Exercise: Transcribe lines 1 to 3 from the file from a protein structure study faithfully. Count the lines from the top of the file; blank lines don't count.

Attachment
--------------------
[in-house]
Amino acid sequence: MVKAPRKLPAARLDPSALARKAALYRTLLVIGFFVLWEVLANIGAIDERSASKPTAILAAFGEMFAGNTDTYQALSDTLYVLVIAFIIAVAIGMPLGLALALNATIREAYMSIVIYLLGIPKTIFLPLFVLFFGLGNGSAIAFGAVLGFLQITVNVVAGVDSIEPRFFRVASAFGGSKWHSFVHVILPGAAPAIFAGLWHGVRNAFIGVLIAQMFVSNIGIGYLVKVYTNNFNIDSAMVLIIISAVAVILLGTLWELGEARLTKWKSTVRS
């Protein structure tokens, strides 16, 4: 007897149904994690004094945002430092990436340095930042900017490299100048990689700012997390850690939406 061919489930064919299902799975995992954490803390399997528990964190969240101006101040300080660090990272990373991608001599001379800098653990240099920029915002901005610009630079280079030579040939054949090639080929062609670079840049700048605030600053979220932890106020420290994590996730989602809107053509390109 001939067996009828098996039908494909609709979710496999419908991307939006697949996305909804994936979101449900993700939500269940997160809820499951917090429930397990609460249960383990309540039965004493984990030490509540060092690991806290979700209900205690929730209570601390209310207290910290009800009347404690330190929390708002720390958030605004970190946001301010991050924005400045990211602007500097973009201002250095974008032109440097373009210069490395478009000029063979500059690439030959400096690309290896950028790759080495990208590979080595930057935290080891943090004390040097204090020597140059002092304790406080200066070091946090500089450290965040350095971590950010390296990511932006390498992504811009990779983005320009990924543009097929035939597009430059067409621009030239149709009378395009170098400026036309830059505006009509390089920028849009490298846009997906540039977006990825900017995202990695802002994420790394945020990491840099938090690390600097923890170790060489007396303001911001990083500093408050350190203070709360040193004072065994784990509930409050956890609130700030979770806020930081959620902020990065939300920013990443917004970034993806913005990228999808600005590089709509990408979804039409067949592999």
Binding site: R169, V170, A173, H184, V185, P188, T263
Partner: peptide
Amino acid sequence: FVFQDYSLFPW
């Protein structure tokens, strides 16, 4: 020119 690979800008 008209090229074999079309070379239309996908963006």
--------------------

[in-house]
Amino acid sequence: MVKAPRKLPAARLDPSALARKAALYRTLLVIGFFVLWEVLANIGAIDERSASKPTAILAAFGEMFAGNTDTYQALSDTLYVLVIAFIIAVAIGMPLGLALALNATIREAYMSIVIYLLGIPKTIFLPLFVLFFGLGNGSAIAFGAVLGFLQITVNVVAGVDSIEPRFFRVASAFGGSKWHSFVHVILPGAAPAIFAGLWHGVRNAFIGVLIAQMFVSNIGIGYLVKVYTNNFNIDSAMVLIIISAVAVILLGTLWELGEARLTKWKSTVRS
């Protein structure tokens, strides 16, 4: 007897149904994690004094945002430092990436340095930042900017490299100048990689700012997390850690939406 061919489930064919299902799975995992954490803390399997528990964190969240101006101040300080660090990272990373991608001599001379800098653990240099920029915002901005610009630079280079030579040939054949090639080929062609670079840049700048605030600053979220932890106020420290994590996730989602809107053509390109 001939067996009828098996039908494909609709979710496999419908991307939006697949996305909804994936979101449900993700939500269940997160809820499951917090429930397990609460249960383990309540039965004493984990030490509540060092690991806290979700209900205690929730209570601390209310207290910290009800009347404690330190929390708002720390958030605004970190946001301010991050924005400045990211602007500097973009201002250095974008032109440097373009210069490395478009000029063979500059690439030959400096690309290896950028790759080495990208590979080595930057935290080891943090004390040097204090020597140059002092304790406080200066070091946090500089450290965040350095971590950010390296990511932006390498992504811009990779983005320009990924543009097929035939597009430059067409621009030239149709009378395009170098400026036309830059505006009509390089920028849009490298846009997906540039977006990825900017995202990695802002994420790394945020990491840099938090690390600097923890170790060489007396303001911001990083500093408050350190203070709360040193004072065994784990509930409050956890609130700030979770806020930081959620902020990065939300920013990443917004970034993806913005990228999808600005590089709509990408979804039409067949592999």